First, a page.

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“You do so well in so many things—you trust God, you’re articulate, you’re insightful, you’re passionate, you love us—now, do your best in this, too” (2 Cor. 8:7, MSG).

Paul wrote those words to the Christians in Corinth. He started by describing things they did well, and there were several of those. He then encouraged them to do something they had not done well: following through with a promise to contribute money to others who were in need.

At that time, the Christians in Jerusalem were going through a horrific time. Persecution, famine and backbreaking taxes levied by the Roman Empire had left them extremely poor. They were experiencing great financial need. So Paul wrote and reminded the Corinthian Christians of the commitment they had made to other believers.

We have churches in our communities that are good at many things. But I sometimes fear that we can let what we’re good at get in the way of what’s needed. If we focus only on what we’re good at, we can fail to see other things that may be needed as well.

As a campus pastor at a church that places a high priority on serving the poor in our city, I’ve found that what is easy and what is needed are often different. It’s easy to write a check or donate winter clothes. Both of those things are important, but people often need things other than money or clothes.

If we slow down and listen to the cries of those around us, I think we will hear pleas for something less convenient but, perhaps, more needed. I think we will hear cries of loneliness from people who need caring relationships. If we fail to listen, caring for the needy may become about what makes us feel good instead of what really helps people.

Hearing the cries of young people in my community prompted me to partner with an organization called Big Brothers Big Sisters (BBBS). BBBS matches adult mentors with young people who need someone to believe in them and invest in them. There’s nothing fancy about it; I simply meet a fifth-grader at his school for lunch and spend time with him. I don’t think mentoring would have been my first choice of things to do, but I know that mentoring can make a huge difference in the lives of fatherless children and teens.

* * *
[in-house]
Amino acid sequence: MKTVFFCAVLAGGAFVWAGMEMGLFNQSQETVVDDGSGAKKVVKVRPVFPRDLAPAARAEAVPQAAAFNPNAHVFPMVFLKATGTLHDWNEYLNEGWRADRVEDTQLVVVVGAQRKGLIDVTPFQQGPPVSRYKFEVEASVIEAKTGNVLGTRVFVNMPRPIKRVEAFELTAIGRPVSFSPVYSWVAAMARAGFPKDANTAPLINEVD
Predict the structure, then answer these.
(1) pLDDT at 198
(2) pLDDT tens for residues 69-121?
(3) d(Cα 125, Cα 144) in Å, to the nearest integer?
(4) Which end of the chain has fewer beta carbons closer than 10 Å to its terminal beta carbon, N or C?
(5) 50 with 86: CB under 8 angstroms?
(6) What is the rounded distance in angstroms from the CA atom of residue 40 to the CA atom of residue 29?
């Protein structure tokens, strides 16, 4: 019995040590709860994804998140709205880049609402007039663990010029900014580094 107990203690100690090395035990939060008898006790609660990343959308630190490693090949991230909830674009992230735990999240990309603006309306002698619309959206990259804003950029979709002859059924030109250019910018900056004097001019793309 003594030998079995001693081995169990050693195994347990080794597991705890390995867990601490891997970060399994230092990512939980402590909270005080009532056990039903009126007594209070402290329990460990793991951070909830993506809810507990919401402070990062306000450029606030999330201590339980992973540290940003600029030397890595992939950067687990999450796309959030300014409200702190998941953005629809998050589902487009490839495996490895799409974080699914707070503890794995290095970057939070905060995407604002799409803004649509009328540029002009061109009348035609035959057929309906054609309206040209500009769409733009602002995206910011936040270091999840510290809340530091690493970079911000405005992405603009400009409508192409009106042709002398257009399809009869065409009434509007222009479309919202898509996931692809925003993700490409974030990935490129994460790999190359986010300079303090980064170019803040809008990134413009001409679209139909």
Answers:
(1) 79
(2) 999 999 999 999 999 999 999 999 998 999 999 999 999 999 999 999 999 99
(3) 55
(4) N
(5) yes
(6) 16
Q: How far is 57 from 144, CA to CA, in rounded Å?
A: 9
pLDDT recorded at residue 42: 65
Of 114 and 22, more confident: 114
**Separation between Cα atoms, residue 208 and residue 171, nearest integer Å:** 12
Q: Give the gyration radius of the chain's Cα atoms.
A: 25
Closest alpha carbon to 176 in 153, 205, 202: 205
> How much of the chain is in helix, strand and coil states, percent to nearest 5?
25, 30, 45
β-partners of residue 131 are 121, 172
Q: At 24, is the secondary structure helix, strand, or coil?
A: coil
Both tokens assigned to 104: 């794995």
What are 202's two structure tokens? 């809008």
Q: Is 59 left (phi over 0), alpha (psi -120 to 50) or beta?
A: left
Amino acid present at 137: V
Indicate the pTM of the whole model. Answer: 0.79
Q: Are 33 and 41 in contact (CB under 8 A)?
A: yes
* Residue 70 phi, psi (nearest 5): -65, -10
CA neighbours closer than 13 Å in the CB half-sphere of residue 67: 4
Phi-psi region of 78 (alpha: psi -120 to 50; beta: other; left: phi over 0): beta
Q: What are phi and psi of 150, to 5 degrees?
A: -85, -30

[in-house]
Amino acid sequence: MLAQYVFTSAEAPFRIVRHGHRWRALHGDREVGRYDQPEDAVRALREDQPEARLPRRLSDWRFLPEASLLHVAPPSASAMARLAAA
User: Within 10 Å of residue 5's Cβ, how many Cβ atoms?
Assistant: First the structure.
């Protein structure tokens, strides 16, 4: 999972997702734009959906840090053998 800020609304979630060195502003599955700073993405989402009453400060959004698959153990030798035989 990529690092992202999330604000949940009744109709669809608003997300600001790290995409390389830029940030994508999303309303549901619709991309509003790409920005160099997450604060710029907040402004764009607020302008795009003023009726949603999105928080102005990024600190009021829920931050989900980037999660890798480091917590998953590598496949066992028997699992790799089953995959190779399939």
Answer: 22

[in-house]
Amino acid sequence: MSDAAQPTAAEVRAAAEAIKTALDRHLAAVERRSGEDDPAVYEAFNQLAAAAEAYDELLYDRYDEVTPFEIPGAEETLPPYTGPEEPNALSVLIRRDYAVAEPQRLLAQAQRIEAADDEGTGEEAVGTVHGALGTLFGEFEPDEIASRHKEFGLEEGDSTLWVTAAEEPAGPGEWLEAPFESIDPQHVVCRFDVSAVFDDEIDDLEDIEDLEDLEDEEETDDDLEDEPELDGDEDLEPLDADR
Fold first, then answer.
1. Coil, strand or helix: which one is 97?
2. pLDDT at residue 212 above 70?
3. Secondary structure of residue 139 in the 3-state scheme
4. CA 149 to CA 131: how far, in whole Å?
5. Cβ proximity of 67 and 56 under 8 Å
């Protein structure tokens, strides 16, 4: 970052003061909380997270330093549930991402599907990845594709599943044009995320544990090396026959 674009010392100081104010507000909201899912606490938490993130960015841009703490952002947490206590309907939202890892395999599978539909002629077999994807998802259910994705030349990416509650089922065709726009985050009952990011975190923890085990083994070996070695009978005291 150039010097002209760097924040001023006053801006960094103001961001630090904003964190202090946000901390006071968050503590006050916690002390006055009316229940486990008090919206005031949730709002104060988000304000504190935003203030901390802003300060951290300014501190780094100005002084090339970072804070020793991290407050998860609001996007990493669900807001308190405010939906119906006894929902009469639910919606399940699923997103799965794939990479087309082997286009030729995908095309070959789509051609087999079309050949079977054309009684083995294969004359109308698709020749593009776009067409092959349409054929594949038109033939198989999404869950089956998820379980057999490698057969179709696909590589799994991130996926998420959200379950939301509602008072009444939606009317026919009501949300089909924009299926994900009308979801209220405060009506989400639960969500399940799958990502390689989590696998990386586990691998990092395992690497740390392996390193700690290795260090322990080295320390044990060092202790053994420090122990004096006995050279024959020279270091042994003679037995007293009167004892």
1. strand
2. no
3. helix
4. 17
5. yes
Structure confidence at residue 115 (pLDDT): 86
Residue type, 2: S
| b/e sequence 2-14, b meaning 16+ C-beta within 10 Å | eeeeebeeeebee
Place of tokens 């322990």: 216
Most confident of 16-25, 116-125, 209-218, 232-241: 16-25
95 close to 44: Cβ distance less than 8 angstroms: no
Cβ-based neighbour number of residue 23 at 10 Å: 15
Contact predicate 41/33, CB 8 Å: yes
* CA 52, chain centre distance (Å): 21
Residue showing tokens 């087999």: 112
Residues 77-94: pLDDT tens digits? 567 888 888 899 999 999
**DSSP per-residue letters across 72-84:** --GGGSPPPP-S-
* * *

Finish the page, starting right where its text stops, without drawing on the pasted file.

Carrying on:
Mentoring is just one way to answer a need. Listen to your community and discover the needs around you. I am quite sure that you have been placed where your unique gifts can be most effective.

I pray that we as individuals and as a community will begin to listen more—to others and to God. As we listen carefully, we will hear what people’s true needs are; and I know that God will speak to us and let us know exactly how to respond.

How You Can Pray

When it comes to serving, are you doing what is easy, what makes you feel good? Or are you truly asking God to lead you to the people and tasks that need you most? This week, pray for an open, willing heart and abundant opportunities to serve.

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is the assisting minister at Connection (Bettendorf Foursquare Church) in Bettendorf, Iowa.